The Western proponents are as crassly honest about the political aspects as the Ukrainian politicians. The German ambassador in Kiev, not known to have any particular theological acuity, opined in July, that autocephaly would strengthen Ukrainian statehood. The hyper-establishment Atlantic Council, which hosted Denysenko on a recent visit to Washington, notes: “With the Russian Orthodox Church as the last source of Putin’s soft power now gone, Ukraine’s movement out of Russia’s orbit is irreversible.”
Likewise the US State Department, after a short period of appropriately declaring that “any decision on autocephaly is an internal church matter,” last week reversed its position and issued a formal statement: “The United States respects the ability of Ukraine’s Orthodox religious leaders and followers to pursue autocephaly according to their beliefs. We respect the Ecumenical Patriarch as a voice of religious tolerance and interfaith dialogue.”
While avoiding a direct call for autocephaly, the statement gives the unmistakable impression of such endorsement, which is exactly how it was reported in the media, for example, “US backs Ukrainian Church bid for autocephaly.” The State Department’s praise for the Ecumenical Patriarchate reinforces that clearly intended impression.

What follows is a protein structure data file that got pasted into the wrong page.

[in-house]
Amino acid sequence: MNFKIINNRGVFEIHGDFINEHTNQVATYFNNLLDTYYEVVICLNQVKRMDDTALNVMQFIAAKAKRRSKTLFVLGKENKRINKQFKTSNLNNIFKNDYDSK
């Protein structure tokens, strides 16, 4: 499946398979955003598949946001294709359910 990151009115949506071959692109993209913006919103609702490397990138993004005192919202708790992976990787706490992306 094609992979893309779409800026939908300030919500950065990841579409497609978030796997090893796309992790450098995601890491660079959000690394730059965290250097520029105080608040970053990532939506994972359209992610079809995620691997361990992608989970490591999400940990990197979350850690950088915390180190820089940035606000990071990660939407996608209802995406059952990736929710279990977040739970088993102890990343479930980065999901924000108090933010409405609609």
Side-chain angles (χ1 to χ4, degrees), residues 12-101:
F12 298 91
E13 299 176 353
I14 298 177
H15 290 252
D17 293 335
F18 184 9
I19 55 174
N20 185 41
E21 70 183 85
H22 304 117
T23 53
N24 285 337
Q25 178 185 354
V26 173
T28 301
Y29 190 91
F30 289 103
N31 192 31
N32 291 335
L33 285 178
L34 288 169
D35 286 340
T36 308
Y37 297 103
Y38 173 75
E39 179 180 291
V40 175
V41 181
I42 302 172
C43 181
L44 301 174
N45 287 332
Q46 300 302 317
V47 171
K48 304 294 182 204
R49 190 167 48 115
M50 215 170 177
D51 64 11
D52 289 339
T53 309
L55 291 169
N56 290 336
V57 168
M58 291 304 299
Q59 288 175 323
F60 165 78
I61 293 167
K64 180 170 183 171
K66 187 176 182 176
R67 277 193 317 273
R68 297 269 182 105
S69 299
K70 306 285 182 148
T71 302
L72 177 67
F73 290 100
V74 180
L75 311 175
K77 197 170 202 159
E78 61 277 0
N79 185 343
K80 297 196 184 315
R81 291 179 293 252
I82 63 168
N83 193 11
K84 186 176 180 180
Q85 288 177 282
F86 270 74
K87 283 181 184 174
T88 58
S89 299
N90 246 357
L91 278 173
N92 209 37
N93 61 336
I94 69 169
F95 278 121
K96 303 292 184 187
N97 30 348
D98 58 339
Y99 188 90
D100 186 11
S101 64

There may be more to the State Department’s position than meets the eye, however. According to an unconfirmed report originating with the members of the Russian Orthodox Church Outside of Russia (an autonomous New York-based jurisdiction of the Moscow Patriarchate), in July of this year State Department officials (possibly including Secretary of State Mike Pompeo personally) warned the Greek Orthodox archdiocese (also based in New York but part of the Ecumenical Patriarchate) that the US government is aware of the theft of a large amount of money, about $10 million, from the budget for the construction of the Orthodox Church of St. Nicholas in New York (This is explained further below).
The warning also reportedly noted that federal prosecutors have documentary evidence confirming the withdrawal of these funds abroad on the orders of Ecumenical Patriarch Bartholomew. It was suggested that Secretary Pompeo would “close his eyes” to this theft in exchange for movement by the Patriarchate of Constantinople in favor of Ukrainian autocephaly, which helped set Patriarch Bartholomew on his current course.
Again, it must be emphasized that this report is unconfirmed, though one doesn’t see mainstream American media falling over themselves trying to track down the facts. The official statement of the Greek archdiocese does not report a personal one-on-one meeting between Pompeo and Archbishop Demetrios, but the message could have been communicated between subordinate personnel on both sides.